I’ve brought this up before: The current emphasis in Christian publishing on the “mess.” You know, books are written (that I happen to like and often recommend, by the way) where jazz is blue and doesn’t resolve; the you need mercy on the road while you travel; that spirituality is messy. Again, don’t get me wrong…I’ve enjoyed the books and the way they focus on intropsection can be a good thing.

Unfortunately, thus far, the introspection turns into navel-gazing. None of the books really focus on the beauty of transformation in the spiritual life. It reminds me of how the fitness industry is focusing on the abdominals–getting those washboard abs. Without the diet and well-rounded fitness programs that are needed, you’re just going to have washboard abs covered by 3 inches of flab. The Christian navel-gazing is just going to result in discovery of the cobwebs and skeletons in our closets.

The beauty of the walk with Christ is found in TRANSFORMATION. What I once was I no longer am. The exchanged life with Christ, lived as a responce to and exhibition of GRACE.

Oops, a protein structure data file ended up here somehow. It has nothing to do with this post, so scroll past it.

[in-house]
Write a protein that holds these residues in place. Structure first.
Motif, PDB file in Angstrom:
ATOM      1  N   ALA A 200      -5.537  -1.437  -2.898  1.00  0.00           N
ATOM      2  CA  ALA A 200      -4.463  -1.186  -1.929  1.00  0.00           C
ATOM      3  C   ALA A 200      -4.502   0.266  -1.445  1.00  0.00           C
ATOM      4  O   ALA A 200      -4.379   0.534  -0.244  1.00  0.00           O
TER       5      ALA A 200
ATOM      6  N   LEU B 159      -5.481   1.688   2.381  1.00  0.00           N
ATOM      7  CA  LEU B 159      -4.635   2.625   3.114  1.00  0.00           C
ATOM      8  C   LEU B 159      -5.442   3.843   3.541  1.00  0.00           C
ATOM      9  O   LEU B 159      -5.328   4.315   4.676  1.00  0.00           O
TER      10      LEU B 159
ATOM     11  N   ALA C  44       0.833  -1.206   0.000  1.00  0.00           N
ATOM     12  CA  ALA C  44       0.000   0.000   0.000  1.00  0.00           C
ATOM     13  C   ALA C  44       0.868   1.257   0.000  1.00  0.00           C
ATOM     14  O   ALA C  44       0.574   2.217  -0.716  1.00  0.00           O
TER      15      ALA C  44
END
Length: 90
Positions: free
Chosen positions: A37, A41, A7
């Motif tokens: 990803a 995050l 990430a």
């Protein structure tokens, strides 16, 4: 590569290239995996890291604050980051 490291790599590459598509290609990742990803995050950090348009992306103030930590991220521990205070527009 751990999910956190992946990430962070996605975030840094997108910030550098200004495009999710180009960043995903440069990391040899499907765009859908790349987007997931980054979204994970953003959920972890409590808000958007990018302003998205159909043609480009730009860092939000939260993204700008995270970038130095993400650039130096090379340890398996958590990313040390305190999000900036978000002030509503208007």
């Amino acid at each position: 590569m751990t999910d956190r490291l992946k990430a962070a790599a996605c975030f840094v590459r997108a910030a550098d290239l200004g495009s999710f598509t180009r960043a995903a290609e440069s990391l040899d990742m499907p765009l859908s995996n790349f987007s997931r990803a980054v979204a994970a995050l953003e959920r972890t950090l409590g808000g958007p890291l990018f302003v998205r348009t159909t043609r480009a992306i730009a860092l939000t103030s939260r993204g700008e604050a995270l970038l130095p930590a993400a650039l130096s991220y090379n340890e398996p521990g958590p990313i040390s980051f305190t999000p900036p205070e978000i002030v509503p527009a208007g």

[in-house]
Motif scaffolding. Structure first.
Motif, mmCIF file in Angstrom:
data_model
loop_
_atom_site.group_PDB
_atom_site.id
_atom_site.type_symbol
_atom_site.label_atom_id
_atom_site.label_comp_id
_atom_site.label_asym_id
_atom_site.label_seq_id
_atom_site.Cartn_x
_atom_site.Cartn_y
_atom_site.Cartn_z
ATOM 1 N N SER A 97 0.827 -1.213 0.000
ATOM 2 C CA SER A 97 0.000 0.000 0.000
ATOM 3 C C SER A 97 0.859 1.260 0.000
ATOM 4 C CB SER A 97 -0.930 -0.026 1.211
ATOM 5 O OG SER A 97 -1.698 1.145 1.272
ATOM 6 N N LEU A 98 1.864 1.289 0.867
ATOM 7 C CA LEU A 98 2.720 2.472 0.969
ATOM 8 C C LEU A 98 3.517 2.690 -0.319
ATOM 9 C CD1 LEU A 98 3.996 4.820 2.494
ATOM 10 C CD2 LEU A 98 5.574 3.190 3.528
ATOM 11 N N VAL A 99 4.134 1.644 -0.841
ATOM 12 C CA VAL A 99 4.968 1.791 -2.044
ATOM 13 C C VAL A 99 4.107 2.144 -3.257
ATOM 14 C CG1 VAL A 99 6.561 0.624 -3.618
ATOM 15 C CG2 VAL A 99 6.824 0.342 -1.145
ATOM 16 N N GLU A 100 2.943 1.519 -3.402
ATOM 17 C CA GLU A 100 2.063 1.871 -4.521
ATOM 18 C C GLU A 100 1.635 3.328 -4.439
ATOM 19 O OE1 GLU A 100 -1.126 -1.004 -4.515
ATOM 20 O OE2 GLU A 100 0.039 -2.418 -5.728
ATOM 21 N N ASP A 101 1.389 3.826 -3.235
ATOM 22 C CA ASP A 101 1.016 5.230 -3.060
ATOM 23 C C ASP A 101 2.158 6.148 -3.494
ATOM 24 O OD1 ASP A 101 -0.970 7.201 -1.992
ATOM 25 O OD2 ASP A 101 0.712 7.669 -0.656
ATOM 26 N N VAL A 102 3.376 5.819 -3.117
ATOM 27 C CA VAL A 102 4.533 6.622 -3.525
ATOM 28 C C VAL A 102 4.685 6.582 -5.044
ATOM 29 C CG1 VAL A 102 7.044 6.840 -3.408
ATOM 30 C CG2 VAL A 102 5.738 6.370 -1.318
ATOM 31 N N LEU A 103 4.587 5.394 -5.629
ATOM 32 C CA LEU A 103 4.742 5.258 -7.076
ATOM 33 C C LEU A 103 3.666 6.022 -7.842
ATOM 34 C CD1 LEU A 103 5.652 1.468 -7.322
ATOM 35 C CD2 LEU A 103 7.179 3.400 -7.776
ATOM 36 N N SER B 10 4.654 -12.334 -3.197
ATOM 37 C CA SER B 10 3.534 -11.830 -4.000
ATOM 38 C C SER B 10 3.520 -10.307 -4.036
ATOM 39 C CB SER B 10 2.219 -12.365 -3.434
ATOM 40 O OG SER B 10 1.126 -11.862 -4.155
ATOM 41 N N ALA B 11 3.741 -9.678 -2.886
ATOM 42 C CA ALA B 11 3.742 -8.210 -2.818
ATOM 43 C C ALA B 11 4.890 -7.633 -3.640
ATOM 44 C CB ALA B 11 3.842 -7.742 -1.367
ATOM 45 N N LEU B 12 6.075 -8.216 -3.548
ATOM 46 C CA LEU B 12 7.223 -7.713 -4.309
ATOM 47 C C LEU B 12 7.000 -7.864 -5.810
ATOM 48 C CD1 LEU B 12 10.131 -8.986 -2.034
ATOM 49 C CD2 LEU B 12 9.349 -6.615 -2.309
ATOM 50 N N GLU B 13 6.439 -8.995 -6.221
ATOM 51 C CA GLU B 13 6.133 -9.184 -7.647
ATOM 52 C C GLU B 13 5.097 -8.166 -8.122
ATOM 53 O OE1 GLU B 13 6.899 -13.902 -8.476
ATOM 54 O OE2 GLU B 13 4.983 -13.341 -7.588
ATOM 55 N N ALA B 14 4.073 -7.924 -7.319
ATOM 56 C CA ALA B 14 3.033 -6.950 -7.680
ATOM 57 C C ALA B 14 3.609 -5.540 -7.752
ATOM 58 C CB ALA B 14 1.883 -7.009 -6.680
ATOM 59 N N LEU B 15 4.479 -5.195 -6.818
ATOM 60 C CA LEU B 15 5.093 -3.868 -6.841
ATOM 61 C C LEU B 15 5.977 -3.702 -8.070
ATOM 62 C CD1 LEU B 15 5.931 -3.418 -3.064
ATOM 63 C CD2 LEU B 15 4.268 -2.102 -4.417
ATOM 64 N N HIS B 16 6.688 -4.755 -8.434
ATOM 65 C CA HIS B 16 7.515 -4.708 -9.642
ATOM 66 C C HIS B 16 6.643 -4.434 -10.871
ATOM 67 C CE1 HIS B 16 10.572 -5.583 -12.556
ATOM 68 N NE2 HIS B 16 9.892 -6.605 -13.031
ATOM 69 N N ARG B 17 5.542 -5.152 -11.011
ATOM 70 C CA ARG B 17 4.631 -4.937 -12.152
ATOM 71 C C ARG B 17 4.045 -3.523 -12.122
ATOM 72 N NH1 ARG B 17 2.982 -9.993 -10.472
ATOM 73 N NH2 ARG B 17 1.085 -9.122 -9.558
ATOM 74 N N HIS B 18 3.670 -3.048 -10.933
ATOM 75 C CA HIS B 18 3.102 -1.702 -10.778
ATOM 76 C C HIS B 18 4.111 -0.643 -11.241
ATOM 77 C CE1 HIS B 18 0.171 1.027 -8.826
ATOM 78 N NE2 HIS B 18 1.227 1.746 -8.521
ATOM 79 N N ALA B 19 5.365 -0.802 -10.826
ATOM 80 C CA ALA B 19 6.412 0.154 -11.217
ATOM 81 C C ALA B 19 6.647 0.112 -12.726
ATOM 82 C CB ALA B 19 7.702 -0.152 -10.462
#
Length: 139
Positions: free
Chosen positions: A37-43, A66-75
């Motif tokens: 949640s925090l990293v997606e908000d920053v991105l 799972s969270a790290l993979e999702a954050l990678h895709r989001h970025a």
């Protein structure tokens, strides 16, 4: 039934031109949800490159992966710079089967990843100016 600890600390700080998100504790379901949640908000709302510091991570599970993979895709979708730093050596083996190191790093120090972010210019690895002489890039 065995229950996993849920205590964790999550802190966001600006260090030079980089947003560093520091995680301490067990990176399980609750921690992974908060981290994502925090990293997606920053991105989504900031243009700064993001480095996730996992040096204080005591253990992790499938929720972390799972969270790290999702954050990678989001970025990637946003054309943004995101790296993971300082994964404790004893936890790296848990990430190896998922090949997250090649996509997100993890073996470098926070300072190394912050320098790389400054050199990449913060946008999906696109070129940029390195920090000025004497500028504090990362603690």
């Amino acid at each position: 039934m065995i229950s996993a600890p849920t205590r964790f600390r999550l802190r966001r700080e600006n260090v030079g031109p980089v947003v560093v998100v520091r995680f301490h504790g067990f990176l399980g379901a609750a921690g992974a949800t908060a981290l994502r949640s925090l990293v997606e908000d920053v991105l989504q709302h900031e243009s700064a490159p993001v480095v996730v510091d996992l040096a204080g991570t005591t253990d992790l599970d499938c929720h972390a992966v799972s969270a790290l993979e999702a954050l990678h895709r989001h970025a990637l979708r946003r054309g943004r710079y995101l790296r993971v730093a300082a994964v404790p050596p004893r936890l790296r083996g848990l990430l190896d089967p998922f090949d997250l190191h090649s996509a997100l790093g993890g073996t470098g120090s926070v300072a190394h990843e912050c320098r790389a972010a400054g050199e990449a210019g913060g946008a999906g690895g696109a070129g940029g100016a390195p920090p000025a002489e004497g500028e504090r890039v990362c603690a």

Again, maybe all of those authors will focus on that reality in their next books. That’d be a good thing, too. They’re gifted and provocative writers and I’ve read their other books as well. I’ll pick up the others they write. Let’s be clear: I’m not saying those books they’ve already written are bad or shouldn’t be read. They’ve helped plenty of folks be more transparent with themselves and others. This is generally a good thing.

But, the first book I’m reading this year is titled, Why We’re Not Emergent (By Two Guys Who Should Be). I can’t imagine that needs any comment or explanation. The two guys are Kevin DeYoung and Ted Kluck. They touched on what I’ve been thinking thusly, after quoting a musician he knows who said, “In the music scene it’s cool to search for God. It’s not very cool to find Him.”:

“The destination matters little. The journey is the thing…Because the journey is an experience more than a destination, the Christian life requires less doctrinal reflection and more personal introspection. The postmodern infatuation with journey feeds on and into a preoccupation with our own stories. If my grandparents’ generation could be a little stoic and not terribly reflective, my generation is introspective at a level somewhere between self-absorption and narcissism. We are so in-tuned with our dysfunctions, hurts, and idiosyncrasies that it often prevents us from growing up because maturity it tantamount to hypocrisy in a world that prizes brokenness more than health.”


Have at it, patrons.